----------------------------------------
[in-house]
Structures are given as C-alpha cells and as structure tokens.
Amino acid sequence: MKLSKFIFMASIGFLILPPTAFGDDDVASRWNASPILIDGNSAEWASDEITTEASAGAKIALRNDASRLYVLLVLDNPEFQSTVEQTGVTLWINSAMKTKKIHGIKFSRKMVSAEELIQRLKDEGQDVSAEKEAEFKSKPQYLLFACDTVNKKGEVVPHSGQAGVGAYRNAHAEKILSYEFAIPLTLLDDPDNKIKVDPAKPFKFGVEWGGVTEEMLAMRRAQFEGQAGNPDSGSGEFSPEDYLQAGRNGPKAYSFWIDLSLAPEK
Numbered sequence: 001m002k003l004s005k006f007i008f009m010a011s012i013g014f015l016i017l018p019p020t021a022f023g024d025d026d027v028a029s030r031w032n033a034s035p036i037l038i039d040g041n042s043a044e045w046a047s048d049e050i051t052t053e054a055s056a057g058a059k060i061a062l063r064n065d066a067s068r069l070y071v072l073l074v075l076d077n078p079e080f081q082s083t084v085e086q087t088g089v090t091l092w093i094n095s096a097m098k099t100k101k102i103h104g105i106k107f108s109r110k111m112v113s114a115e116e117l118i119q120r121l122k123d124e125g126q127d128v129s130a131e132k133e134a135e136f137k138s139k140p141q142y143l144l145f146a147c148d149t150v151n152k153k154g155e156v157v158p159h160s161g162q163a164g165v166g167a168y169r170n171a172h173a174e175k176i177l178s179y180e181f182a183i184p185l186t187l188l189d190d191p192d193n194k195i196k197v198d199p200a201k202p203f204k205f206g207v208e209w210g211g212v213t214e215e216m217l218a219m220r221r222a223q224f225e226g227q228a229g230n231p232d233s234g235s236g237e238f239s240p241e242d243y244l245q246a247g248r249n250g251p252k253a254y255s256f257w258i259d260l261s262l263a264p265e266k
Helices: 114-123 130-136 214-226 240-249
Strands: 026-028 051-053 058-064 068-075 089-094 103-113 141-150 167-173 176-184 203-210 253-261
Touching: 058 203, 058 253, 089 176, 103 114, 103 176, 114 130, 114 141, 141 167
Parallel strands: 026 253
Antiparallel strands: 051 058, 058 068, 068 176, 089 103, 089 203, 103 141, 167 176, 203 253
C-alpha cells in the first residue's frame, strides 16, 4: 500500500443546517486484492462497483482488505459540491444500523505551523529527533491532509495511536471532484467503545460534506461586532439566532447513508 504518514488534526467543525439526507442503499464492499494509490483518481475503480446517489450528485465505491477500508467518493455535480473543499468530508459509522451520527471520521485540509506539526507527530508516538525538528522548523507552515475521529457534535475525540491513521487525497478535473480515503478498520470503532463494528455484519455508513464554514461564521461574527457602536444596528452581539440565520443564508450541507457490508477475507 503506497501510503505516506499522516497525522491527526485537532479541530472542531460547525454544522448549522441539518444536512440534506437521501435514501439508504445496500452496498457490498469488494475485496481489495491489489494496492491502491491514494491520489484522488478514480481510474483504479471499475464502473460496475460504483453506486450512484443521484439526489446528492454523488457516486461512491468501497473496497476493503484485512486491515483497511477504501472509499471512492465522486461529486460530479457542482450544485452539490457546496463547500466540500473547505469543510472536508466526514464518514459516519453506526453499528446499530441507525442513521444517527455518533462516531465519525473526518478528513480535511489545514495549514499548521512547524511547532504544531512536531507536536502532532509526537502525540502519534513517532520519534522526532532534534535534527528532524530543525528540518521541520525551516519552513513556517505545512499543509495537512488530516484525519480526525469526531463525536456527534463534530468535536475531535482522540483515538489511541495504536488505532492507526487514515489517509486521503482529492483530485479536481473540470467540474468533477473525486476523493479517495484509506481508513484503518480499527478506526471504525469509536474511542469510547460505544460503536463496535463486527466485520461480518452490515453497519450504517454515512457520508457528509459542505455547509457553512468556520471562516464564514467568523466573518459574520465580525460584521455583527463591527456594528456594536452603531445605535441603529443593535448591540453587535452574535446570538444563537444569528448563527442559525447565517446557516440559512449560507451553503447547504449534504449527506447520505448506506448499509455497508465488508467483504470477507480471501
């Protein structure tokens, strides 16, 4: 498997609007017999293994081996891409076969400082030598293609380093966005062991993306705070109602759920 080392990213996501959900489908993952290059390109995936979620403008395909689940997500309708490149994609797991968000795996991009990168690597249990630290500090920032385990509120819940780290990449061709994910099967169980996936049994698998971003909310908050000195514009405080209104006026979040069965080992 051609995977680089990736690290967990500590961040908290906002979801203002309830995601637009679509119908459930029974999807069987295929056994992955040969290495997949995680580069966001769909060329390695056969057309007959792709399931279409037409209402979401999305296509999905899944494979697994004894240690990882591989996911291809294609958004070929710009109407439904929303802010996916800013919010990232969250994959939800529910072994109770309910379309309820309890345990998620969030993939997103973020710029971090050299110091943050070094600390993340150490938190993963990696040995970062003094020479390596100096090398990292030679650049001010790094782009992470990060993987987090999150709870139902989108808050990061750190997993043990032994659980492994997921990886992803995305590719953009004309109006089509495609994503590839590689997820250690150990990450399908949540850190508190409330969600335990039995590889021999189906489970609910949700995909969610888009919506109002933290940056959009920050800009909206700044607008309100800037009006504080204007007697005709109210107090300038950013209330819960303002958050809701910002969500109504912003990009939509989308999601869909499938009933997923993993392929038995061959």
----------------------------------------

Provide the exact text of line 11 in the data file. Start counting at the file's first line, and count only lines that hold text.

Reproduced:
């Protein structure tokens, strides 16, 4: 498997609007017999293994081996891409076969400082030598293609380093966005062991993306705070109602759920 080392990213996501959900489908993952290059390109995936979620403008395909689940997500309708490149994609797991968000795996991009990168690597249990630290500090920032385990509120819940780290990449061709994910099967169980996936049994698998971003909310908050000195514009405080209104006026979040069965080992 051609995977680089990736690290967990500590961040908290906002979801203002309830995601637009679509119908459930029974999807069987295929056994992955040969290495997949995680580069966001769909060329390695056969057309007959792709399931279409037409209402979401999305296509999905899944494979697994004894240690990882591989996911291809294609958004070929710009109407439904929303802010996916800013919010990232969250994959939800529910072994109770309910379309309820309890345990998620969030993939997103973020710029971090050299110091943050070094600390993340150490938190993963990696040995970062003094020479390596100096090398990292030679650049001010790094782009992470990060993987987090999150709870139902989108808050990061750190997993043990032994659980492994997921990886992803995305590719953009004309109006089509495609994503590839590689997820250690150990990450399908949540850190508190409330969600335990039995590889021999189906489970609910949700995909969610888009919506109002933290940056959009920050800009909206700044607008309100800037009006504080204007007697005709109210107090300038950013209330819960303002958050809701910002969500109504912003990009939509989308999601869909499938009933997923993993392929038995061959």